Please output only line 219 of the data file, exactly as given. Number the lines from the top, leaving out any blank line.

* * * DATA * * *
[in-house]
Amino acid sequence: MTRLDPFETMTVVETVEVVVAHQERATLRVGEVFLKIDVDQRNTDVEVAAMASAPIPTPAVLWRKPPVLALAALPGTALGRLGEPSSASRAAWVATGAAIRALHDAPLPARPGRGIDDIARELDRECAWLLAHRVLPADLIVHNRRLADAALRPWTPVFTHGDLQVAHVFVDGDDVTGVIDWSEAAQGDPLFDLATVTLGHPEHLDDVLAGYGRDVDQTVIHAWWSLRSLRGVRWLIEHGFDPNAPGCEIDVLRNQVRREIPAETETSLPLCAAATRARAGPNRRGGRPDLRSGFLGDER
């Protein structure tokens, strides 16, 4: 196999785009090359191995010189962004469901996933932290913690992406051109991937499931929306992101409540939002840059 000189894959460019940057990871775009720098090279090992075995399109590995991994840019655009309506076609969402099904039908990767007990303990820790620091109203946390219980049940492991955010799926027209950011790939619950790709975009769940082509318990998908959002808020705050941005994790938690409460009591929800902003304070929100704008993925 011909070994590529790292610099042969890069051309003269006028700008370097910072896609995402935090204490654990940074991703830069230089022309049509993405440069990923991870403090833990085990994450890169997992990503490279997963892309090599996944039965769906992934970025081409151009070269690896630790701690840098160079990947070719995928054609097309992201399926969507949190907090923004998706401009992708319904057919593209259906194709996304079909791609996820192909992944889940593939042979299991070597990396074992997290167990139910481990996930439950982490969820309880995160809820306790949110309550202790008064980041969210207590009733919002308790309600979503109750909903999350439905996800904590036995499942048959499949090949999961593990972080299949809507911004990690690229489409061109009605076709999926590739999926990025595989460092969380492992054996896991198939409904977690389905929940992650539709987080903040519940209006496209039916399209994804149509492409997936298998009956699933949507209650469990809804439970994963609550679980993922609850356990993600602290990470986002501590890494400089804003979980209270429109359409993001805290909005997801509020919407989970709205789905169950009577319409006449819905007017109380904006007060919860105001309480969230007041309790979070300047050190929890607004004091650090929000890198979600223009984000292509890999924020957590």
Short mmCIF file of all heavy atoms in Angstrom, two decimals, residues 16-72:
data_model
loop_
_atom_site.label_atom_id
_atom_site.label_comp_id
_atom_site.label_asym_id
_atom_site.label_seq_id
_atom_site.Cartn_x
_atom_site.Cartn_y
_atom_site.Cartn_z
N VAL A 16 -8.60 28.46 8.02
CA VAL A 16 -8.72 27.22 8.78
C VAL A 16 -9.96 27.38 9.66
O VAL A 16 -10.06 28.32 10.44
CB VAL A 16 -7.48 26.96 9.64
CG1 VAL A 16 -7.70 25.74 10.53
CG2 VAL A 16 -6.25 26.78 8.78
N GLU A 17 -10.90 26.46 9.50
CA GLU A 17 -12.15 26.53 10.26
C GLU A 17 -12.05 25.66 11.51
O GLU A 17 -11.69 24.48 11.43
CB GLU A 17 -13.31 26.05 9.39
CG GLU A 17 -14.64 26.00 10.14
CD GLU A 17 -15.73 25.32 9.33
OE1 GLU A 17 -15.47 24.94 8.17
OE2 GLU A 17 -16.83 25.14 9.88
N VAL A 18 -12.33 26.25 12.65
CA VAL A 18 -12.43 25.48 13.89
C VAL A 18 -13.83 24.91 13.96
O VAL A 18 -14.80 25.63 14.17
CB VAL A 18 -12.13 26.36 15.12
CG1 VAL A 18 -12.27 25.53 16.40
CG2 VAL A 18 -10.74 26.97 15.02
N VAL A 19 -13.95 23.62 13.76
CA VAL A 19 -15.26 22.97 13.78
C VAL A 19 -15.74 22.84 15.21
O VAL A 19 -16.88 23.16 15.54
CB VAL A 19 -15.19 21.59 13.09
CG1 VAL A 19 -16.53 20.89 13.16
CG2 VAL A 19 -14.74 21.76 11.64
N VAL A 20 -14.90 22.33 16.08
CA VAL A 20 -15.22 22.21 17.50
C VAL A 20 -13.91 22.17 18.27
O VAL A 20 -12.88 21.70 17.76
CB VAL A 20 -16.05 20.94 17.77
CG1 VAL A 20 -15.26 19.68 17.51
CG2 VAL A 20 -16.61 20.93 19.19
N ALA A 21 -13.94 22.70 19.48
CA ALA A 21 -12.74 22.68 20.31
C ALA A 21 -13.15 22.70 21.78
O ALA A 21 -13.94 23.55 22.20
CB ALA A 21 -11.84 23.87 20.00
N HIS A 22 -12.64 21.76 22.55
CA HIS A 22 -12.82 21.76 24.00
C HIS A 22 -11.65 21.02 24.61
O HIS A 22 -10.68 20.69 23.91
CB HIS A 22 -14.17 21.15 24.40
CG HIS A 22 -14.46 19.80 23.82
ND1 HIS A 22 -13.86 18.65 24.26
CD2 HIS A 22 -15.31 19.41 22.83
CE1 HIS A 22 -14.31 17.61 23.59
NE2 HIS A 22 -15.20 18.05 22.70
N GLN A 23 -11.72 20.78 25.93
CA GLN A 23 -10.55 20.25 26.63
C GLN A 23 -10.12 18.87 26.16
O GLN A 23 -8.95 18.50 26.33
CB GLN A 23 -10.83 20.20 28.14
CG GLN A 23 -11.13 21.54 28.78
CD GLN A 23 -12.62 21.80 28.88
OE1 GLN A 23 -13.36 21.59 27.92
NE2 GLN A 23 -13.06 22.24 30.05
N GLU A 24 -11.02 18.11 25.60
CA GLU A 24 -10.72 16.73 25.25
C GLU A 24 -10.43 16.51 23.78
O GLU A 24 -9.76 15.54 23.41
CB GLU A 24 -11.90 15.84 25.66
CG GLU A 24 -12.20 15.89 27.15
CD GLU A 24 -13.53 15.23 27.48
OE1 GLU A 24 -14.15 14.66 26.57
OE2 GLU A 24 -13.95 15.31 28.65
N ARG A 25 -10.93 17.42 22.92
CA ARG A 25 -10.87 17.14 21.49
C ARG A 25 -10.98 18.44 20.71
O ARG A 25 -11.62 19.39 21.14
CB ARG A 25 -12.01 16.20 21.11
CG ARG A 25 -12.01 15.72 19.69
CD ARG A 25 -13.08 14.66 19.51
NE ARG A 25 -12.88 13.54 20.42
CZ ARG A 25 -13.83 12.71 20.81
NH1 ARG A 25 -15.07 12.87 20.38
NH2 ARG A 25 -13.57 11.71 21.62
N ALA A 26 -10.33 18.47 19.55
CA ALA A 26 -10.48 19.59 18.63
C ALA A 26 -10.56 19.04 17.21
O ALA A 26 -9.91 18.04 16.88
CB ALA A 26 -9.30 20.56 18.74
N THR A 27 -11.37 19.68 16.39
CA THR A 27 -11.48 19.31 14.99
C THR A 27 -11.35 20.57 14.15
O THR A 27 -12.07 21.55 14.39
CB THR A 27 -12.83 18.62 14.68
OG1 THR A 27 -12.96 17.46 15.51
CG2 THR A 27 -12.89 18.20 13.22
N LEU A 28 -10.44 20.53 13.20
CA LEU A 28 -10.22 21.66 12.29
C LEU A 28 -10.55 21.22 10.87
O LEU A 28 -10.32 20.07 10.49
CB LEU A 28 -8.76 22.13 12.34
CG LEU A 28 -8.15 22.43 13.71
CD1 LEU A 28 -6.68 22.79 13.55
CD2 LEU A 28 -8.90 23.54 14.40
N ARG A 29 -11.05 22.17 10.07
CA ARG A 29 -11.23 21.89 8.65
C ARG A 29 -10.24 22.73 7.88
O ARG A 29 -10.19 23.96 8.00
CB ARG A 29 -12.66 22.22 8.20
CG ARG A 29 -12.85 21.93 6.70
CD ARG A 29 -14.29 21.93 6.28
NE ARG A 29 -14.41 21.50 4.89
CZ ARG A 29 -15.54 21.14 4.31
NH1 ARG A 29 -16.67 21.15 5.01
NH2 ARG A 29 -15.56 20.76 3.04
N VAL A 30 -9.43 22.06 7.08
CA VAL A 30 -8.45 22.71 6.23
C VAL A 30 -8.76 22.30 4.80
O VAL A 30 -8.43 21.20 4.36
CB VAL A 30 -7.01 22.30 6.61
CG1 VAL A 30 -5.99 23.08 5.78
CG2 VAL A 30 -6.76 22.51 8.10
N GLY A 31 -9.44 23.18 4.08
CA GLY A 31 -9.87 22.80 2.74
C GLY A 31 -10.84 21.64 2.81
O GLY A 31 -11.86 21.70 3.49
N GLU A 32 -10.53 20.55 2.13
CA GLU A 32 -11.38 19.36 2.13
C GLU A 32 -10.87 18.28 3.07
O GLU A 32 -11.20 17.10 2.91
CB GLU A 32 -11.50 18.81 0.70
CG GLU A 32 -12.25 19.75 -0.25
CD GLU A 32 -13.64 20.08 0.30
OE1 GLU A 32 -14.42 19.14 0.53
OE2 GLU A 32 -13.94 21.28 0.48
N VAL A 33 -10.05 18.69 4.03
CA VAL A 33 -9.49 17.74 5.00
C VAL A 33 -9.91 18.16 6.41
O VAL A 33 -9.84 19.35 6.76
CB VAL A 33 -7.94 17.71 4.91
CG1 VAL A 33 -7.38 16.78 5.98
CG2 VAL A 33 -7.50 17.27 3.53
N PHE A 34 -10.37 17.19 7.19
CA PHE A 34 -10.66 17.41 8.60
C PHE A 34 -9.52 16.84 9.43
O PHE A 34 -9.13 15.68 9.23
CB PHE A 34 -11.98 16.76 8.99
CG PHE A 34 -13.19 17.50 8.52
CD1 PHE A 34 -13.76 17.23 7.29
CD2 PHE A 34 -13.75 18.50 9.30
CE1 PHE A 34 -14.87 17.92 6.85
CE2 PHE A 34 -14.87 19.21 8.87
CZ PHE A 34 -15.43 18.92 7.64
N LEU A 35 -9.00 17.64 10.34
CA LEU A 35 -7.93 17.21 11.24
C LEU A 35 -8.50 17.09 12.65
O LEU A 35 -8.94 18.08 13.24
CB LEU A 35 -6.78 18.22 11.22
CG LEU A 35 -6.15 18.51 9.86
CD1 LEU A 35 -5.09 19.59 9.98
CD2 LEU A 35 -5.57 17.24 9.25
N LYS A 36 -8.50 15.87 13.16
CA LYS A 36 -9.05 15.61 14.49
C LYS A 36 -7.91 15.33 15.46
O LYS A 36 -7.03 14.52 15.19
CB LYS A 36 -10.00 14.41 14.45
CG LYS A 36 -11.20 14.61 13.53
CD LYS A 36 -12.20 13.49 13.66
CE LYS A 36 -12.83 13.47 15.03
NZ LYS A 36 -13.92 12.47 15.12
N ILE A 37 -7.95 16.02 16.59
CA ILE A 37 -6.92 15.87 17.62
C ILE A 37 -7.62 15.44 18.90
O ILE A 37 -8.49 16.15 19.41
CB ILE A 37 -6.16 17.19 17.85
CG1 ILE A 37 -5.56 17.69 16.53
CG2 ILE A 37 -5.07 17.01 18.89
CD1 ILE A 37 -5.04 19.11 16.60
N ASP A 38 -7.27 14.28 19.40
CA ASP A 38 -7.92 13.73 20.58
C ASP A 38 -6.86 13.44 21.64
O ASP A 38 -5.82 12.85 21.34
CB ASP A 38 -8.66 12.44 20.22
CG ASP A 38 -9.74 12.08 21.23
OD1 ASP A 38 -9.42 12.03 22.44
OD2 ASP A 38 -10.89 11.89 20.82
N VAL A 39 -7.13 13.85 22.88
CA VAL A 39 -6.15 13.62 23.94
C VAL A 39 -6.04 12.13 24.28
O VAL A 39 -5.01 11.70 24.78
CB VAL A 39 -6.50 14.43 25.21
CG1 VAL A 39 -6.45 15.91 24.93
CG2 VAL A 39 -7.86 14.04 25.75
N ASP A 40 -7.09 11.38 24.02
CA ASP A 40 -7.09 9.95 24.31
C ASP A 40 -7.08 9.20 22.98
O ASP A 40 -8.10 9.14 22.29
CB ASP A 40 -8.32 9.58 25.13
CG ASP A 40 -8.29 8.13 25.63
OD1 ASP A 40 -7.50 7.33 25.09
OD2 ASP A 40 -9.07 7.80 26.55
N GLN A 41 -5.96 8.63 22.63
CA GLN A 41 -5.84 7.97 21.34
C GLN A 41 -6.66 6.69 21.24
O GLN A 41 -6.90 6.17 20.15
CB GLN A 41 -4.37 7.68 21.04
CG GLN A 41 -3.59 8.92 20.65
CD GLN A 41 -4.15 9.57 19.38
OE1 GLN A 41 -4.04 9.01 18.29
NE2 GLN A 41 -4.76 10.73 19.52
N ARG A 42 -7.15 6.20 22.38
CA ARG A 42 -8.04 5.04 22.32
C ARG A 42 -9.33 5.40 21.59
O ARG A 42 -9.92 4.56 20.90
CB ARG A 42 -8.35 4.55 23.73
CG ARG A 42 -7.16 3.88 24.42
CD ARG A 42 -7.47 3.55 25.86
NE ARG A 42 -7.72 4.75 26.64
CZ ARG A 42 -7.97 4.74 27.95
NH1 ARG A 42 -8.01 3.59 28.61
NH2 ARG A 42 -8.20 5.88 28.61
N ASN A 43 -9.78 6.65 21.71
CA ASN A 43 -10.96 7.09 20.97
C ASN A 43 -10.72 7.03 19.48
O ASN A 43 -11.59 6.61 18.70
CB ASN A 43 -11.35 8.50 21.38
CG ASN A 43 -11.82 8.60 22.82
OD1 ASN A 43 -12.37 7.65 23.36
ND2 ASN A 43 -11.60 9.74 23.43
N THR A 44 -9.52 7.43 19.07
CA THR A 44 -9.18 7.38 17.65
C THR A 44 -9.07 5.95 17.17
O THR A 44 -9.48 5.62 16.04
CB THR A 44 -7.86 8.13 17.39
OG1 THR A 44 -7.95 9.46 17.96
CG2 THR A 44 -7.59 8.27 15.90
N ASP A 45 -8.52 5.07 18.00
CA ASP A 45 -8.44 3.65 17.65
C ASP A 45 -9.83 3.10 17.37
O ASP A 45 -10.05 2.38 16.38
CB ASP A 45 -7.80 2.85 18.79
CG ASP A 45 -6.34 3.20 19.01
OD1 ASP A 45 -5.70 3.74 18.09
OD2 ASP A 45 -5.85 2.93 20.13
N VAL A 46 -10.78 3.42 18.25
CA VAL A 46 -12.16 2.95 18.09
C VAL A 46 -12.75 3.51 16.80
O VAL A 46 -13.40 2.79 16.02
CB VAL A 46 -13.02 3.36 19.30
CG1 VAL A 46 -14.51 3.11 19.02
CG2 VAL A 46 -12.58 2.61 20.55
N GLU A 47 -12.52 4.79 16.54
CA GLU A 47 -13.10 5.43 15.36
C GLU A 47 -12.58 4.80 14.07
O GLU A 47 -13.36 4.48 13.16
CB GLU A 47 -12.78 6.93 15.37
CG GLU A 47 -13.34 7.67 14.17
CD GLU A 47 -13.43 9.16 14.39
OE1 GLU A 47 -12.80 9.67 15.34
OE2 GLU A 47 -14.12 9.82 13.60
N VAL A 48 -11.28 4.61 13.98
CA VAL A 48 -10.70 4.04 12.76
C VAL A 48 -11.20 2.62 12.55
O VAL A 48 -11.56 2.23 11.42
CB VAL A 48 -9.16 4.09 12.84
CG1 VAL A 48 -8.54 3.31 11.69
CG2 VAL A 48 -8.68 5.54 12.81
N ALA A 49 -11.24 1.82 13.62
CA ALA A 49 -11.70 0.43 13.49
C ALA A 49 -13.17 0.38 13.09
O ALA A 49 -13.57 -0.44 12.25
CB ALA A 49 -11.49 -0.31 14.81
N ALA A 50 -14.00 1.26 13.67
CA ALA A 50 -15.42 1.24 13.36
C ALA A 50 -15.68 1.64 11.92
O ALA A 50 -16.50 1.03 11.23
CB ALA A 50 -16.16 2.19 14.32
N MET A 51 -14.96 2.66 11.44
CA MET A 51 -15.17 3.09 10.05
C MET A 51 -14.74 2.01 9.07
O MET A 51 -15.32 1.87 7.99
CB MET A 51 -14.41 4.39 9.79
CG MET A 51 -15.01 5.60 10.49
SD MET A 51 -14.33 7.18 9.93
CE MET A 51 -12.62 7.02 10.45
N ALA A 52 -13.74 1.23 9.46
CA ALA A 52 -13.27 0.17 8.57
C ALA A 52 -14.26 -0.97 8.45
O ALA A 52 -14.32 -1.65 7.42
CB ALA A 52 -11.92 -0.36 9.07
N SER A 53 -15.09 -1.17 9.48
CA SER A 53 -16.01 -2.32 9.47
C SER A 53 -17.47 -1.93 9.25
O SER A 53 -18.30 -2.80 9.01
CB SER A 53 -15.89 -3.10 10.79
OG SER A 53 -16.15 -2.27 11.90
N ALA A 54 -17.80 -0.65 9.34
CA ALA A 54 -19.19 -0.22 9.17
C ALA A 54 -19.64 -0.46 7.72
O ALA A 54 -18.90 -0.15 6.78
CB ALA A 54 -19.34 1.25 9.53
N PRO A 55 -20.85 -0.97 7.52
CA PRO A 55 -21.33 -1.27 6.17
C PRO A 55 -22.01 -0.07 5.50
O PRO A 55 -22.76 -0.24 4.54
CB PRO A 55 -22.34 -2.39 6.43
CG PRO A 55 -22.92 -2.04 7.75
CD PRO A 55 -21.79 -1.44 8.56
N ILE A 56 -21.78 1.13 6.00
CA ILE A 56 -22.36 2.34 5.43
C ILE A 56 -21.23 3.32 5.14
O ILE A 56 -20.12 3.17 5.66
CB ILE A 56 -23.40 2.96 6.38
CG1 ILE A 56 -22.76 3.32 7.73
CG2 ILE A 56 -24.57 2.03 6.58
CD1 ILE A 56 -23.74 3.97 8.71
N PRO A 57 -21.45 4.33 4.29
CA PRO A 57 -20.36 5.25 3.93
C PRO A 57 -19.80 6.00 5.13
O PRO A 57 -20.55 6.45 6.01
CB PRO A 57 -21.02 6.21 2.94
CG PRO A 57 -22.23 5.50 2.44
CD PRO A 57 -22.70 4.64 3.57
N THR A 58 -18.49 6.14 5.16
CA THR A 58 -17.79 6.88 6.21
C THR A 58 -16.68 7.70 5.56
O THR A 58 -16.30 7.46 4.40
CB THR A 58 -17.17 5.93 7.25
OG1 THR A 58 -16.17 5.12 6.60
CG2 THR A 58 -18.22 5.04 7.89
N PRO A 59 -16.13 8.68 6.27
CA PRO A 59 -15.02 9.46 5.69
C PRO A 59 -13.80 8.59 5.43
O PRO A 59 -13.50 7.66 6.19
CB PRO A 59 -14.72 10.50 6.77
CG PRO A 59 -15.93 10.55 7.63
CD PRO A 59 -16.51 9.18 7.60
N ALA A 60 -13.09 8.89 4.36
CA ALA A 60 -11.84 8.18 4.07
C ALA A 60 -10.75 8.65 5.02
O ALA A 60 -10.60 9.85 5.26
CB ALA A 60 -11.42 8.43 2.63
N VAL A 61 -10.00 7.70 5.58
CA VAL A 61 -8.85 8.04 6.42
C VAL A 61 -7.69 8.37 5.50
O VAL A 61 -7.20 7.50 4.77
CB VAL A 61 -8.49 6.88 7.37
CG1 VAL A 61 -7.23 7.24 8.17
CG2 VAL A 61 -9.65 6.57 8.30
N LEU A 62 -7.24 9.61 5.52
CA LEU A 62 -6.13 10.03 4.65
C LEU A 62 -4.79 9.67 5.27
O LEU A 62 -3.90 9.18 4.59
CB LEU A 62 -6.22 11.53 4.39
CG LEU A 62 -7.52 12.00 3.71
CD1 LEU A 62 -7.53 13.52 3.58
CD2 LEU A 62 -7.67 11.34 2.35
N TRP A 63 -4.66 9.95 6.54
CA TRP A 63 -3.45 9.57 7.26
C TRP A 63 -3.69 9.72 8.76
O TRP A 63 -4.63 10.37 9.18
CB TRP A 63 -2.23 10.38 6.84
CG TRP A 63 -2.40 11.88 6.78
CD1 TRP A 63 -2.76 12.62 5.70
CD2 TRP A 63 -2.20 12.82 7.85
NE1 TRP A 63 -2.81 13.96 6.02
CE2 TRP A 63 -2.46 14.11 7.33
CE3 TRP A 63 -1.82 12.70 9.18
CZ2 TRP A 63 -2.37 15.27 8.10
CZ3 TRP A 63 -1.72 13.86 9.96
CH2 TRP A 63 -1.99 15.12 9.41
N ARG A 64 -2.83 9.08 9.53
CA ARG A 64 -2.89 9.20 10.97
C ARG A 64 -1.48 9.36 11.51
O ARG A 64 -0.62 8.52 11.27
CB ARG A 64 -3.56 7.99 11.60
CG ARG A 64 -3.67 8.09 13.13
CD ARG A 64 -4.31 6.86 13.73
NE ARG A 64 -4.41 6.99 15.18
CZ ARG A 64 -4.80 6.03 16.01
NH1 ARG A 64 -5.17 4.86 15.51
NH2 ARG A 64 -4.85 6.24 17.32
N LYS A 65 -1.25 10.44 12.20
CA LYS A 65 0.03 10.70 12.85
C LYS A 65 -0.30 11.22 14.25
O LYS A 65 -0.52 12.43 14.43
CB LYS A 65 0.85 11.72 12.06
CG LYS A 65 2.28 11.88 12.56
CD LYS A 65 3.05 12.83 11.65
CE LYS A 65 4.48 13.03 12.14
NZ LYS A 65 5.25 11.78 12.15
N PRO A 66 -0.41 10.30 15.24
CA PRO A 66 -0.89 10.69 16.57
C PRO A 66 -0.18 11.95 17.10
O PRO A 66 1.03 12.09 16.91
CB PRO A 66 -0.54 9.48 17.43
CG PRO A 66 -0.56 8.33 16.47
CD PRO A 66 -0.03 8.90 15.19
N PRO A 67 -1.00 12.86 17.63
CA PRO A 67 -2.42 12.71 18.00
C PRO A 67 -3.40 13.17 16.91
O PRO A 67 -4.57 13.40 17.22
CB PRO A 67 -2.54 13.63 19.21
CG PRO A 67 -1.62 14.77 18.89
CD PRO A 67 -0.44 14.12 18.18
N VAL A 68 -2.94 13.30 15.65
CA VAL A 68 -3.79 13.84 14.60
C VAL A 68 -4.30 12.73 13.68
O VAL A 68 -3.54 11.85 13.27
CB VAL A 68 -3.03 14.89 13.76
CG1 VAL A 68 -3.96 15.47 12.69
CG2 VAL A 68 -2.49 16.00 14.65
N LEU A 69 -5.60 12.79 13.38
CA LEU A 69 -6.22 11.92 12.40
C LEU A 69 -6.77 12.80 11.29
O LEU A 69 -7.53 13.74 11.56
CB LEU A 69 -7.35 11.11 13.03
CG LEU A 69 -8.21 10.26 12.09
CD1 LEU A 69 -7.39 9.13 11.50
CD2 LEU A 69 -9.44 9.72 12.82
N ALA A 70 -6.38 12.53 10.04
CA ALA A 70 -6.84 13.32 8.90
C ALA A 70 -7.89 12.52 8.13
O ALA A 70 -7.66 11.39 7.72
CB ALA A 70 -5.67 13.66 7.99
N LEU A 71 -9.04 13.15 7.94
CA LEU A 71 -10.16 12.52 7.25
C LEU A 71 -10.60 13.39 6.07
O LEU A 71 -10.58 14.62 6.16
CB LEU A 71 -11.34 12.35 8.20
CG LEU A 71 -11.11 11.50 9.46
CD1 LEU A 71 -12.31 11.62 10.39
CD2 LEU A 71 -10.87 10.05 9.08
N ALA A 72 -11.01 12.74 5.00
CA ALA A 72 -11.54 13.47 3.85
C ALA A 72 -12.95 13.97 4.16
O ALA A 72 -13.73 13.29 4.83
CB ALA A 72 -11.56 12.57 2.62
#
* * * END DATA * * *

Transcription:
OE1 GLN A 41 -4.04 9.01 18.29